Janet Museveni is, at 26 years, Uganda’s longest serving First Lady. And for a long time it seemed that is all she was content to be, content with staying behind the scenes to support her tireless husband, until she decided to join his profession.
In November 2005, she announced that she would stand for the Ruhaama County (Ntungamo District) Parliamentary seat against FDC’s Augustine Ruzindana in the February 2006 general elections. It was an intriguing decision: was the move prompted by the need to remove one of her husband’s most principled critics, a man who had served in Museveni’s government as IGG before he broke rank and joined the opposition? Ruhaama is after all not where she originates from – she was born in Kajara County, Ntungamo, 64 years ago. Or was it a gambit, an opening sequence to something bigger?
Janet Museveni, it had been said all along, was not comfortable with politics. The President said as much when she announced her decision to stand in Ruhaama, but said he could not stand in the way of her conviction that her people, and the country at large, needed her. She had stood on the sides all this time and nothing much had changed. It was now time for her to get in the thick of things.
She was born Janet Kainembabazi Kataaha in the arcadian village of Bwongyera, descended from a line of Ankole chiefs. At six she lost her father, Edward Kataaha, who was a sub-county chief in Kajara in the colonial administration.
She went to Kyamate Primary School, before moving on to Bweranyangi Girls Secondary School. In 1965, she enrolled for a nursing course at Makerere University. A year later she became a ground hostess with the East African Airways.
After the death of her father she lived with her cousin, John Wycliffe Kazzora, and it’s because of him that she later came to meet Museveni. While Museveni had moved to Tanzania after Idi Amin overthrew Obote’s government, John Kazzora, with Janet in tow, fled to Nairobi when, after Amin murdered former Chief Justice Benedicto Kiwanuka, suspected state security operatives raided Kazzora’s Kampala offices and killed a colleague. In Nairobi Kazzora decided to work with the rebels and in the process met Yoweri Museveni.
Kazzora was forced out of Nairobi by the Kenyan government after Amin raised complaint, and he moved to England. President Museveni writes in Sowing the Mustard Seed (page 87): “Kazzora had thus already left by the time I returned to Nairobi in Jan. 1973, but he nominated Janet to work as a liaison and courier between himself and me.” They married in August of that year, 1973.
Their first child, Muhoozi Kainerugaba, was born a year later in August 1974. As her husband led a fugitive life, fighting regime after regime, Janet looked after their young family –the couple have four children with the youngest, Diana Museveni, born in 1980, a year before Museveni launched the 1981 bush war. In 1979 she returned to Kampala from England only to leave in 1981 for Nairobi and later for Sweden in 1986. She returned to Uganda as First Lady in May 1986.
The fight against HIV/Aids
Once in Kampala, she joined what is probably one of her husband’s greatest achievements, the early fight against HIV/Aids – during the 1990’s HIV/Aids prevalence rates fell from 15 per cent to around 6 per cent, a success unique in sub-Saharan Africa – by forming the privately-held NGO, Uganda Women’s Efforts to Save Orphans (UWESO).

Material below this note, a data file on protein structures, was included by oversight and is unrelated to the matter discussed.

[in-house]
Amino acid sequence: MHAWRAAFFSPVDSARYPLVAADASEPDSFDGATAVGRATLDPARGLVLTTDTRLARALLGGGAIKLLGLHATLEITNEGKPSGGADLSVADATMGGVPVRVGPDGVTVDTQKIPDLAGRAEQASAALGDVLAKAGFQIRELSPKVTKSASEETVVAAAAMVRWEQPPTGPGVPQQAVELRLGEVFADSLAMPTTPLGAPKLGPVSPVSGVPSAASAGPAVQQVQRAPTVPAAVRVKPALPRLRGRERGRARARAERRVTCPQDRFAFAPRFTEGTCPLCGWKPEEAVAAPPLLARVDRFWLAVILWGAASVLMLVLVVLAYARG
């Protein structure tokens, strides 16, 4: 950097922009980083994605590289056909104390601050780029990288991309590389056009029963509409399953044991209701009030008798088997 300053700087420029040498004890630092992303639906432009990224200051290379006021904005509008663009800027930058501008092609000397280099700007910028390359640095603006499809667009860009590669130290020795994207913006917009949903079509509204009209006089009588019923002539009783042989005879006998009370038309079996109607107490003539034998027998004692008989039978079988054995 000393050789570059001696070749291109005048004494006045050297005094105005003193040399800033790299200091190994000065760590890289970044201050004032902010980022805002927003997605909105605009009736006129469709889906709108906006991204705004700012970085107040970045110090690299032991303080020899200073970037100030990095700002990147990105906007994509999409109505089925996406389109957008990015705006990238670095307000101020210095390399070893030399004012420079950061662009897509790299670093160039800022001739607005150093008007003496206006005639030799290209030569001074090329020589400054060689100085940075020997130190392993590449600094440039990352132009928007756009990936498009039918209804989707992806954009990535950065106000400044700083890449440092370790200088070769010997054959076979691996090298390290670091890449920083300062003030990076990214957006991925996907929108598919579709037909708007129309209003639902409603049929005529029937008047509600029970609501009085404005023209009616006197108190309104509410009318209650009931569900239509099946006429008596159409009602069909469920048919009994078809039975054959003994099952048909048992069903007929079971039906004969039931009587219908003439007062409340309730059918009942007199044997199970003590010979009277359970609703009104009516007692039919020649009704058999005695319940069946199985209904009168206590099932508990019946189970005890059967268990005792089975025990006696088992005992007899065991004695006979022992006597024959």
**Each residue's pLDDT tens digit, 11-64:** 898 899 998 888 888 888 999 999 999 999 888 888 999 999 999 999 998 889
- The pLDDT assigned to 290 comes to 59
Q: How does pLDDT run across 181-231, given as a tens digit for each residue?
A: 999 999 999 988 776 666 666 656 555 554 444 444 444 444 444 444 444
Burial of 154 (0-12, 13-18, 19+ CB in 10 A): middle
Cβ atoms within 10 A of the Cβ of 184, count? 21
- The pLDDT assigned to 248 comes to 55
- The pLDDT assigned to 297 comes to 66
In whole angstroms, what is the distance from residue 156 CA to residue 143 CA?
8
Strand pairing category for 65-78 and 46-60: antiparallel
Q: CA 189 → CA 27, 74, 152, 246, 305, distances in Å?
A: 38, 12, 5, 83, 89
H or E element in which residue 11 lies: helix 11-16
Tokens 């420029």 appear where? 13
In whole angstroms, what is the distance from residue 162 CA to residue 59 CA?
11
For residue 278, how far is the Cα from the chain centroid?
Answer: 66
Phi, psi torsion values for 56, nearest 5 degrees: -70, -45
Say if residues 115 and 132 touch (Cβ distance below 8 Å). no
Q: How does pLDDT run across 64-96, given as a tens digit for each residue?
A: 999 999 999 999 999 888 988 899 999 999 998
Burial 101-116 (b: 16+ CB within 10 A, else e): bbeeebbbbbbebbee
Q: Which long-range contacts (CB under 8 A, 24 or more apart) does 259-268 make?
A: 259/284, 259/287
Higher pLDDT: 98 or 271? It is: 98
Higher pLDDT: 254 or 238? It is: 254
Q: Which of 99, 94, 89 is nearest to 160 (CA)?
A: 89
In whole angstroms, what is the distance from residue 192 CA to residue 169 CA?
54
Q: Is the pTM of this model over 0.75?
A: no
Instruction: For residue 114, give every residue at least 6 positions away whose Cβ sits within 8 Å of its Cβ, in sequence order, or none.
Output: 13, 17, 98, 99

Ms Museveni rallied women’s groups across the country to help the big number of children –estimated at over 1.5m – orphaned by the AIDS scourge and the bush war. UWESO worked with some of the families that had taken in the children, initially providing relief items.
It soon added income-generating activities to help the families survive. In My Life’s Journey, her autobiography, she says that: “My aim was always to bridge the gap in the social development sector and touch on areas that were not covered by government, especially the vulnerable elements of society – in particular women and children.” Apart from mending the social structure in the many villages it operated, the organisation, which currently operates in over 40 districts, was also responsible for propping up the incomes of the thousands of families that took on the orphans.
That, coupled with other soft, genteel duties, like organising holiday seminars for teenagers in Kampala (with another NGO she founded, Uganda Youth Forum) was her cause in the 1990’s. She also became a fashion icon, inexplicitly of course, with her low-cut ‘Janet’ hairstyle.
Unleashing the tough Janet
The turn of the century however, demanded a change in style, new roles. There was that incident in 2003 when her family came under heavy criticism for their decision to fly Natasha Museveni, the couple’s first daughter, in the presidential jet to a Germany hospital to have a baby, at a cost of $90,000 (about Shs225m). And then a critical appraisal of her husband by a former American envoy in 2005. On both occasions she came out strongly to defend the family, bringing to the fore a toughness that was not known before.
It was a requisite toughness, we soon found out, given her next career choice. It is said that the President went to great lengths to dissuade her from standing, even calling in senior NRM officials to help plead his case, all in vain. It was a divine calling: “God has sent me to do this and when God sends me I must obey,” she said in a press interview.
Janet Museveni defeated Mr Ruzindana in 2006 and again in 2011. One of the first things she did in Parliament was to raise a motion that the country adopts a national prayer day, a proposal that was quickly accepted. In February 2009 she was appointed State Minister for Karamoja affairs, and elevated to full minister in 2011 in the same portfolio. It is a complete contrast to her earlier profile, but it is one she has managed with grace.